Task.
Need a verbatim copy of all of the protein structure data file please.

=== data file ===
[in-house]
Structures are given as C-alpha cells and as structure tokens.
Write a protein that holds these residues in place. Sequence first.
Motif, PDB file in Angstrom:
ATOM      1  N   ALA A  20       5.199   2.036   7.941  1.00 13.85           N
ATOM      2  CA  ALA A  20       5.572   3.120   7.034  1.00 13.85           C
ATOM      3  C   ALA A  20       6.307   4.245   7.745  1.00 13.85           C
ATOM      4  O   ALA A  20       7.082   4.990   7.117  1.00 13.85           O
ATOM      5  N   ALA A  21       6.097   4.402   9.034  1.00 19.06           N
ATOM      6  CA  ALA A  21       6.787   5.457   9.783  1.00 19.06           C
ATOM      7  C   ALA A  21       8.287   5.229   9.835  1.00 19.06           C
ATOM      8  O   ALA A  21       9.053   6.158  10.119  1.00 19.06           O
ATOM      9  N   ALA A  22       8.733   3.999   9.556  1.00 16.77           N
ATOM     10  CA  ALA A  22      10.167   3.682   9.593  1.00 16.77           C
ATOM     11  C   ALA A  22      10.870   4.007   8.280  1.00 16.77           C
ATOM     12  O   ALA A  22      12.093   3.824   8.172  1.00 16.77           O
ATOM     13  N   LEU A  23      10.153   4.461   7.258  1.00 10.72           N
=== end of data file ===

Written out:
[in-house]
Structures are given as C-alpha cells and as structure tokens.
Write a protein that holds these residues in place. Sequence first.
Motif, PDB file in Angstrom:
ATOM      1  N   ALA A  20       5.199   2.036   7.941  1.00 13.85           N
ATOM      2  CA  ALA A  20       5.572   3.120   7.034  1.00 13.85           C
ATOM      3  C   ALA A  20       6.307   4.245   7.745  1.00 13.85           C
ATOM      4  O   ALA A  20       7.082   4.990   7.117  1.00 13.85           O
ATOM      5  N   ALA A  21       6.097   4.402   9.034  1.00 19.06           N
ATOM      6  CA  ALA A  21       6.787   5.457   9.783  1.00 19.06           C
ATOM      7  C   ALA A  21       8.287   5.229   9.835  1.00 19.06           C
ATOM      8  O   ALA A  21       9.053   6.158  10.119  1.00 19.06           O
ATOM      9  N   ALA A  22       8.733   3.999   9.556  1.00 16.77           N
ATOM     10  CA  ALA A  22      10.167   3.682   9.593  1.00 16.77           C
ATOM     11  C   ALA A  22      10.870   4.007   8.280  1.00 16.77           C
ATOM     12  O   ALA A  22      12.093   3.824   8.172  1.00 16.77           O
ATOM     13  N   LEU A  23      10.153   4.461   7.258  1.00 10.72           N